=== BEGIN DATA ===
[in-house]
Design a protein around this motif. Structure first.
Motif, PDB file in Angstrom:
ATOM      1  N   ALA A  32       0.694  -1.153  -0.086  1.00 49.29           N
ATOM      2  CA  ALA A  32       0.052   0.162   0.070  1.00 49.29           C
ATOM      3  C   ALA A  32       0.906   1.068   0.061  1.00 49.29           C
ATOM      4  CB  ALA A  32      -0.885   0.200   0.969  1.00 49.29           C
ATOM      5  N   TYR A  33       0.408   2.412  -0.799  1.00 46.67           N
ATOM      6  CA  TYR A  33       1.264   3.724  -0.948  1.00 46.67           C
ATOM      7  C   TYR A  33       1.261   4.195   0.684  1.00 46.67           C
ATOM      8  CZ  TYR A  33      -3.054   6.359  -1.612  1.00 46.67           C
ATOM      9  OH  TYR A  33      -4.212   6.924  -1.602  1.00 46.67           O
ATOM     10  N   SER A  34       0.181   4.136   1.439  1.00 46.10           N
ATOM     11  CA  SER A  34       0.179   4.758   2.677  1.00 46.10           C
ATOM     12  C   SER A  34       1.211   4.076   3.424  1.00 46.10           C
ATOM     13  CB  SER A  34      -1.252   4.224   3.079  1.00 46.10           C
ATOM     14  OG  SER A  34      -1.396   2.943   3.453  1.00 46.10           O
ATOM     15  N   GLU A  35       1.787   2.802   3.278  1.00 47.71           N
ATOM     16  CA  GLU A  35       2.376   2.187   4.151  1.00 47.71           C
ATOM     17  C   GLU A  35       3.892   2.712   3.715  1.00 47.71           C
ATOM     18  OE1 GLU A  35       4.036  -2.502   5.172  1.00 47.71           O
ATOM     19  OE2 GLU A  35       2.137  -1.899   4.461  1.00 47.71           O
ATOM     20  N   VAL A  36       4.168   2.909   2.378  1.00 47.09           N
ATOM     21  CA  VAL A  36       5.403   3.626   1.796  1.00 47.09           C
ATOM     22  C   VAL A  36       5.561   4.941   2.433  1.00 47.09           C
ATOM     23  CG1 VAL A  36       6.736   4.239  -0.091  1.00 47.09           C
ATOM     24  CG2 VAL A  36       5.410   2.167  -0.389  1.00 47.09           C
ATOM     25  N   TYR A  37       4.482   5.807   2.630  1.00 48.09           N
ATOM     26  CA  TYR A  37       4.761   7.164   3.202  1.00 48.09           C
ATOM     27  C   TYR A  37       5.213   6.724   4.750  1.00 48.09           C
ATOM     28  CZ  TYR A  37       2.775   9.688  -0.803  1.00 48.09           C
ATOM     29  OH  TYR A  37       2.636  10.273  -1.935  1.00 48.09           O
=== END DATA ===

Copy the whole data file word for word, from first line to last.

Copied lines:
[in-house]
Design a protein around this motif. Structure first.
Motif, PDB file in Angstrom:
ATOM      1  N   ALA A  32       0.694  -1.153  -0.086  1.00 49.29           N
ATOM      2  CA  ALA A  32       0.052   0.162   0.070  1.00 49.29           C
ATOM      3  C   ALA A  32       0.906   1.068   0.061  1.00 49.29           C
ATOM      4  CB  ALA A  32      -0.885   0.200   0.969  1.00 49.29           C
ATOM      5  N   TYR A  33       0.408   2.412  -0.799  1.00 46.67           N
ATOM      6  CA  TYR A  33       1.264   3.724  -0.948  1.00 46.67           C
ATOM      7  C   TYR A  33       1.261   4.195   0.684  1.00 46.67           C
ATOM      8  CZ  TYR A  33      -3.054   6.359  -1.612  1.00 46.67           C
ATOM      9  OH  TYR A  33      -4.212   6.924  -1.602  1.00 46.67           O
ATOM     10  N   SER A  34       0.181   4.136   1.439  1.00 46.10           N
ATOM     11  CA  SER A  34       0.179   4.758   2.677  1.00 46.10           C
ATOM     12  C   SER A  34       1.211   4.076   3.424  1.00 46.10           C
ATOM     13  CB  SER A  34      -1.252   4.224   3.079  1.00 46.10           C
ATOM     14  OG  SER A  34      -1.396   2.943   3.453  1.00 46.10           O
ATOM     15  N   GLU A  35       1.787   2.802   3.278  1.00 47.71           N
ATOM     16  CA  GLU A  35       2.376   2.187   4.151  1.00 47.71           C
ATOM     17  C   GLU A  35       3.892   2.712   3.715  1.00 47.71           C
ATOM     18  OE1 GLU A  35       4.036  -2.502   5.172  1.00 47.71           O
ATOM     19  OE2 GLU A  35       2.137  -1.899   4.461  1.00 47.71           O
ATOM     20  N   VAL A  36       4.168   2.909   2.378  1.00 47.09           N
ATOM     21  CA  VAL A  36       5.403   3.626   1.796  1.00 47.09           C
ATOM     22  C   VAL A  36       5.561   4.941   2.433  1.00 47.09           C
ATOM     23  CG1 VAL A  36       6.736   4.239  -0.091  1.00 47.09           C
ATOM     24  CG2 VAL A  36       5.410   2.167  -0.389  1.00 47.09           C
ATOM     25  N   TYR A  37       4.482   5.807   2.630  1.00 48.09           N
ATOM     26  CA  TYR A  37       4.761   7.164   3.202  1.00 48.09           C
ATOM     27  C   TYR A  37       5.213   6.724   4.750  1.00 48.09           C
ATOM     28  CZ  TYR A  37       2.775   9.688  -0.803  1.00 48.09           C
ATOM     29  OH  TYR A  37       2.636  10.273  -1.935  1.00 48.09           O